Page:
Definitions

from The American Heritage® Dictionary of the English Language, 4th Edition

  • adj. Being in low spirits; dejected and disheartened.

from Wiktionary, Creative Commons Attribution/Share-Alike License

  • adj. crestfallen, dejected

from the GNU version of the Collaborative International Dictionary of English

  • adj. Having the lower chap or jaw drooping, -- an indication of humiliation and dejection; crestfallen; discouraged. See chopfallen.

from The Century Dictionary and Cyclopedia

  • Having the lower chap or jaw depressed; hence, dejected; dispirited; silenced; chagrined.

from WordNet 3.0 Copyright 2006 by Princeton University. All rights reserved.

  • adj. brought low in spirit

Etymologies

From obsolete chaps, alteration of chops.
(American Heritage® Dictionary of the English Language, Fourth Edition)
chap +‎ fallen (Wiktionary)

Examples

  • The Regulators looked very tame and "chapfallen" for a day or two; and

    In School and Out or, The Conquest of Richard Grant.

  • To wit: "And yet," says he, all chapfallen, "I fear me he will find occasion to clatter at my lady's ear, and mow and girn for his cracked pate to move her pity - and seest thou, father, it will look ill for me, a tenant oppressed crying Justice! and I can do nowt for him, wanting power at hand, and but the bailiff."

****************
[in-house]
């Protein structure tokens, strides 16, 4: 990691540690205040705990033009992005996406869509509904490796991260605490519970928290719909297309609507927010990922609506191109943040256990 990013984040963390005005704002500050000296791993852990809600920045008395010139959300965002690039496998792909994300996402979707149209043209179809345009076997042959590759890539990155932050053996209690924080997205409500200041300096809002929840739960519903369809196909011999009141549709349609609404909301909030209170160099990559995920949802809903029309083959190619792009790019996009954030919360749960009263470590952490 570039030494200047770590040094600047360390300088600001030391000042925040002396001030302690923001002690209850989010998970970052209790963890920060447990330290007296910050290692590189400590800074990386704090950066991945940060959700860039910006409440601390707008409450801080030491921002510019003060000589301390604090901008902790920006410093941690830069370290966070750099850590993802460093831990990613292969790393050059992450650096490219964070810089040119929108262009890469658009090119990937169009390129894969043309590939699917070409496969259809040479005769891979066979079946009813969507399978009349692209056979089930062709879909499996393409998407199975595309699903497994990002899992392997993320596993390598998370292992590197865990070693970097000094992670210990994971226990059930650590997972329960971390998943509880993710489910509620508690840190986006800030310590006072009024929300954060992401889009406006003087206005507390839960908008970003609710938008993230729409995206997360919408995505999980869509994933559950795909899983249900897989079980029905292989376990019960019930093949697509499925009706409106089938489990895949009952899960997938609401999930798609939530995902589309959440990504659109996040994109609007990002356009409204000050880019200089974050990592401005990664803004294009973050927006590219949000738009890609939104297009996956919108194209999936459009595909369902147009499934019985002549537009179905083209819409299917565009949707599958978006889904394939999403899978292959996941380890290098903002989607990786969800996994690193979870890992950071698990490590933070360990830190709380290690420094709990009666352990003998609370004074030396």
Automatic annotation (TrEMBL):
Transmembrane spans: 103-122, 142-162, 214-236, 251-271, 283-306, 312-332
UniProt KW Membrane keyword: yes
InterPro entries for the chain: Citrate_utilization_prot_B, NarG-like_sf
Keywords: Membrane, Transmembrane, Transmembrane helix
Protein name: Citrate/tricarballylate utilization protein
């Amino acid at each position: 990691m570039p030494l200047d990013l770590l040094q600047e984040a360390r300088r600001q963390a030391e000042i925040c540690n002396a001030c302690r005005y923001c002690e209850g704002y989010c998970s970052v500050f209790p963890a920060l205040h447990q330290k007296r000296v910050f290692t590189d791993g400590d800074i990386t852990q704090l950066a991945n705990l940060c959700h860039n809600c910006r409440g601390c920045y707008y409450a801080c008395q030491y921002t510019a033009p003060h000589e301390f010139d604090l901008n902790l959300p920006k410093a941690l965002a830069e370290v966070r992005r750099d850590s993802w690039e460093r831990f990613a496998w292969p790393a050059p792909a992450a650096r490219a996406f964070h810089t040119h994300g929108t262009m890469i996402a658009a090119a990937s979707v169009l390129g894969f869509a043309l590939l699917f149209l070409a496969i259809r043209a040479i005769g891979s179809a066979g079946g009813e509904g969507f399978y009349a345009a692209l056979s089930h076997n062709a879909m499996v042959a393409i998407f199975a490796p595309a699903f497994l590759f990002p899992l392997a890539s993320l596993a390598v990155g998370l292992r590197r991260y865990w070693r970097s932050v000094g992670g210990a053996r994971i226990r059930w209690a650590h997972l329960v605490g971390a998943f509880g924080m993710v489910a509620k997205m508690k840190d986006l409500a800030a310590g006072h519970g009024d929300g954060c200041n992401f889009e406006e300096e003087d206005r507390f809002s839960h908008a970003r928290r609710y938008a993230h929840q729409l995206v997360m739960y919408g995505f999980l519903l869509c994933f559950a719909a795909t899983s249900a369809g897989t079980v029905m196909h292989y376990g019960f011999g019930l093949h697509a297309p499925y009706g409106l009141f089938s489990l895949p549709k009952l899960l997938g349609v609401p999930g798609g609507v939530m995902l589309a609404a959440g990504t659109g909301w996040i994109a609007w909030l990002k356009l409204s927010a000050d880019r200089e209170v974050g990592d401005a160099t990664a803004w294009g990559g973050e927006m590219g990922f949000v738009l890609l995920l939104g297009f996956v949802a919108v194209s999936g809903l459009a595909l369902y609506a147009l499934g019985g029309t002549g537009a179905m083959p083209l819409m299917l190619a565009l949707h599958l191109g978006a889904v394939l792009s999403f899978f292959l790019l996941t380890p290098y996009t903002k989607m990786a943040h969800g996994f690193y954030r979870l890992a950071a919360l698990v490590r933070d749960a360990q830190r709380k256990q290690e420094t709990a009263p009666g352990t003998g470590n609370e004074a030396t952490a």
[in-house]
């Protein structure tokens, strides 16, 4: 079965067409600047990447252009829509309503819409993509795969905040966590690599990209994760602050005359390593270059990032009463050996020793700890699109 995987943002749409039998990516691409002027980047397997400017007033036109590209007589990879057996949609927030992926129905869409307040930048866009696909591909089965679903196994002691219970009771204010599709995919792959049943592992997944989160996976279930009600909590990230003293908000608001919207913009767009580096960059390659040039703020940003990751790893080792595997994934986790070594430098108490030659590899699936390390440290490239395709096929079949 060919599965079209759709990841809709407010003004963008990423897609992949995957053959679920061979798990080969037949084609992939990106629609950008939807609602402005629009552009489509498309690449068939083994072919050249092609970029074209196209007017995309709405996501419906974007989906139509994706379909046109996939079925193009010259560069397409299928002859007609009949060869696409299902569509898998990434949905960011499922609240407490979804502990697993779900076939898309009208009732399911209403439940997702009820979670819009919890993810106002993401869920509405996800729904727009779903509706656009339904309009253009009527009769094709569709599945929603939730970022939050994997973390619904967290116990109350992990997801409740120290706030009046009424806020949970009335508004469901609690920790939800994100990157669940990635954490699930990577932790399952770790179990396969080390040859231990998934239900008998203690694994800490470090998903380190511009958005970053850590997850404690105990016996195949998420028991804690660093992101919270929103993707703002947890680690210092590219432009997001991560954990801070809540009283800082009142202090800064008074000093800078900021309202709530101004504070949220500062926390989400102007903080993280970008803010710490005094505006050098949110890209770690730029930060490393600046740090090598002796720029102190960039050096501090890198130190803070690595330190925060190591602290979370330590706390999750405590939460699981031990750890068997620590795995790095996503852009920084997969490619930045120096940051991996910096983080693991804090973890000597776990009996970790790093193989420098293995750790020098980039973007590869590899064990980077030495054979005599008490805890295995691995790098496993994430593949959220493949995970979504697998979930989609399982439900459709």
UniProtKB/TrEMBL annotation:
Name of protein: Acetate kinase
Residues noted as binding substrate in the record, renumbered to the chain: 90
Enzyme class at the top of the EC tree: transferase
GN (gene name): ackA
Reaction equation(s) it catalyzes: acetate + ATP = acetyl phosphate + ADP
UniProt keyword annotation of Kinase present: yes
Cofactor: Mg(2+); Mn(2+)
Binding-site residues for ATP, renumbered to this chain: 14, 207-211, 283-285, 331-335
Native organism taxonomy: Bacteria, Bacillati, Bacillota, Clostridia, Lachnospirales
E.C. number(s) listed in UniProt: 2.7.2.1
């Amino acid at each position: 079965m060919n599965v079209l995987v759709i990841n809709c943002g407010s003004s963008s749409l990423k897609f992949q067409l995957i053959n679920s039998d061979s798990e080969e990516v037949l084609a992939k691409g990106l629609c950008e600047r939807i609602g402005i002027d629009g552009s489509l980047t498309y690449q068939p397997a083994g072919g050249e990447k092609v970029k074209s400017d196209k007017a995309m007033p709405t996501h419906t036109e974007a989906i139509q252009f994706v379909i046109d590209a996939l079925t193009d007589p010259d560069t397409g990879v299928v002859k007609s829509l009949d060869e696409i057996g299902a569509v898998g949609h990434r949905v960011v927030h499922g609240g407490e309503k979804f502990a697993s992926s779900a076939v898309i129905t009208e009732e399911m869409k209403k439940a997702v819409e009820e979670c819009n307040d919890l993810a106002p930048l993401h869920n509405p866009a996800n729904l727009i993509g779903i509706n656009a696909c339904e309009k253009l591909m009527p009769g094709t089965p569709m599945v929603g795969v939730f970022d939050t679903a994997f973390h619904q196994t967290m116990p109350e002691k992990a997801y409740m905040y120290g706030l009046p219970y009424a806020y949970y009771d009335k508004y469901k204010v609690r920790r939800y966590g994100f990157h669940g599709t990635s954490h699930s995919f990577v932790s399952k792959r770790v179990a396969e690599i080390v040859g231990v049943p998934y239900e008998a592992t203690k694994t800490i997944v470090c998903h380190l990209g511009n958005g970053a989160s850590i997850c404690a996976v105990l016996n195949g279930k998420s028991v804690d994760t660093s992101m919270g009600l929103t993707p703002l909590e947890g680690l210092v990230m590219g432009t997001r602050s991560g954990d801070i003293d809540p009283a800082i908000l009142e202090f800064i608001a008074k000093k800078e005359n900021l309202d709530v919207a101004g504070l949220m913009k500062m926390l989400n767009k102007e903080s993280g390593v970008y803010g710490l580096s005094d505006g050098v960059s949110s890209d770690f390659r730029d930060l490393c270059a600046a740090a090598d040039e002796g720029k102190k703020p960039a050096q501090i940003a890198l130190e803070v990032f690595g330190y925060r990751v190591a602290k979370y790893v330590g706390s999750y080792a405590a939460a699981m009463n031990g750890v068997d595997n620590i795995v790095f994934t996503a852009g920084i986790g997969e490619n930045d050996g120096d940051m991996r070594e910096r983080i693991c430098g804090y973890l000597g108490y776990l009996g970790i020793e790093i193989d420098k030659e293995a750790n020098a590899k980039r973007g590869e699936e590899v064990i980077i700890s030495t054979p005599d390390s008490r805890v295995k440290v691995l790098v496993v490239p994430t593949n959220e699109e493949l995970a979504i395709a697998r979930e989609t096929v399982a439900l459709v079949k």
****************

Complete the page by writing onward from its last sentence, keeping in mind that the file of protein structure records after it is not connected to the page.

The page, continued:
Book 9: The Candlemass Road

  • The priest seemed somewhat chapfallen at her answer.

    The Water of the Wondrous Isles

  • We departed: poor Sam perfectly silent and chapfallen; and I meditating on the wisdom of the half-pay philosopher, and wondering what means he would employ to rescue Pogson from his fate.

    The Paris Sketch Book

  • Mr Bloom, chapfallen, drew behind a few paces so as not to overhear.

    Ulysses

  • Don Quixote was getting up to chastise him, but he took to his heels at such a pace that no one attempted to follow him; and mightily chapfallen was Don Quixote at Andres 'story, and the others had to take great care to restrain their laughter so as not to put him entirely out of countenance.

    Don Quixote

  • Something, however, I fear me, must have gone wrong, for he certainly sallied forth, after no very great interval, with an air quite desolate and chapfallen. —

    The Sketch Book of Geoffrey Crayon

  • As for the young rufflers and simple tradesmen who had come out with visions of rattling their winnings on the way home to their wives, they were herded into the gatehouse to be chided, warned, and sent home chapfallen, with very little in their pockets.

    The Pilgrim of Hate

  • "Cells! quo 'he," looking chapfallen up the stairway, as if for something there behind his escaped prisoner.

    Doom Castle

  • County told each other in chapfallen appreciation that she was about as level-headed as they make them.

    The Imperialist

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